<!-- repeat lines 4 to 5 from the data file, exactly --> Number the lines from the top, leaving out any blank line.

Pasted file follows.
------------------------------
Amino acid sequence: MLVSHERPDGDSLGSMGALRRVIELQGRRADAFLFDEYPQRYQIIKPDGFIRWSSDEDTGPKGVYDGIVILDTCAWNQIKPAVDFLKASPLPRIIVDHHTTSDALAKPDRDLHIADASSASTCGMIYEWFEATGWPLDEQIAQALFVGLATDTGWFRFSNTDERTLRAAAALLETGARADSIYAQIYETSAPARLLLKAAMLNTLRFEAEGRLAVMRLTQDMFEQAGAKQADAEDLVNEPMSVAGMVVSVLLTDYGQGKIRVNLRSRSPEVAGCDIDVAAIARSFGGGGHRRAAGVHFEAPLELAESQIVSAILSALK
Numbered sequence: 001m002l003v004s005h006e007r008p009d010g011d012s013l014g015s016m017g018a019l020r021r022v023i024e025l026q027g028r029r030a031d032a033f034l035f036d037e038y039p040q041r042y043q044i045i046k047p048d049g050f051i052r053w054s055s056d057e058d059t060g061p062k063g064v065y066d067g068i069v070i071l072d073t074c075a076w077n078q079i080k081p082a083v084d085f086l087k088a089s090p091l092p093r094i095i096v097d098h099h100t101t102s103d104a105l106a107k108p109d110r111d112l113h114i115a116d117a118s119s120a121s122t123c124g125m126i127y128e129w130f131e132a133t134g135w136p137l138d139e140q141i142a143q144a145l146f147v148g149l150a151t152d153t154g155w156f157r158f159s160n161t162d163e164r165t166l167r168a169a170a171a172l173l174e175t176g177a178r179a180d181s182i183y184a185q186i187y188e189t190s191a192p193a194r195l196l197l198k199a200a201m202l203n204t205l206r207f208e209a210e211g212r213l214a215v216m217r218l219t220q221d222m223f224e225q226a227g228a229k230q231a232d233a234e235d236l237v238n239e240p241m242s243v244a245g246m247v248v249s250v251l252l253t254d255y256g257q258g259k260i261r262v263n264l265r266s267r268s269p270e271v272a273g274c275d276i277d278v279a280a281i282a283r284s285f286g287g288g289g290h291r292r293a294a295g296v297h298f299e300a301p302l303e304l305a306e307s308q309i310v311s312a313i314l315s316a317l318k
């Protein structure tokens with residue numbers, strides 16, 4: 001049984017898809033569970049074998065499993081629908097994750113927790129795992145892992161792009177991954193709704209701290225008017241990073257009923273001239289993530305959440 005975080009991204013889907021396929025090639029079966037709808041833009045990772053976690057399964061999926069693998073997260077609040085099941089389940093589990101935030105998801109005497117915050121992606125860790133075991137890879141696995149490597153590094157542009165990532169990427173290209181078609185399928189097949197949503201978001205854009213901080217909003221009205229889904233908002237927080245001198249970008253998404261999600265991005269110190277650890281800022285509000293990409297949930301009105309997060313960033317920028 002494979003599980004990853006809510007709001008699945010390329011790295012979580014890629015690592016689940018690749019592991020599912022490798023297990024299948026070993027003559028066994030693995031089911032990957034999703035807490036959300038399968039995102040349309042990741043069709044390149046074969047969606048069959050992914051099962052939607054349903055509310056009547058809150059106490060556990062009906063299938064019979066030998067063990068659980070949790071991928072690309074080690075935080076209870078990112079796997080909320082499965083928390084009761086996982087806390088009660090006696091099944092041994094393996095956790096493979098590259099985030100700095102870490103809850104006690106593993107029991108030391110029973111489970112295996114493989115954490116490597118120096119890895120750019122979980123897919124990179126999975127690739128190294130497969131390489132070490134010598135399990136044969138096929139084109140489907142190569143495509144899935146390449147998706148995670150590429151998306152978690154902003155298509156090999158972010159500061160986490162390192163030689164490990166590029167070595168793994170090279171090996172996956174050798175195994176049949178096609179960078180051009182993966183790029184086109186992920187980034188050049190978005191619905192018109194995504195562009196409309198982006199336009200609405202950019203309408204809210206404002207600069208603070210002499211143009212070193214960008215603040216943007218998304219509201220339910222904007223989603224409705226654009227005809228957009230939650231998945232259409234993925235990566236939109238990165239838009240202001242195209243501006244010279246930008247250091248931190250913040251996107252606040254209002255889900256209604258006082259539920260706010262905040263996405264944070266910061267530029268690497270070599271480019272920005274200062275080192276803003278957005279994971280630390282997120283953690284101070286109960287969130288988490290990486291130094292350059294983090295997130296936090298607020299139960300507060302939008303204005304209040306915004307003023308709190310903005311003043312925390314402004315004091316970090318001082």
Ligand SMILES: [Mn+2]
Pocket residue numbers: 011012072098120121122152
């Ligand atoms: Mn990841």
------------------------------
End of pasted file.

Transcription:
Ligand SMILES: [Mn+2]
Pocket residue numbers: 011012072098120121122152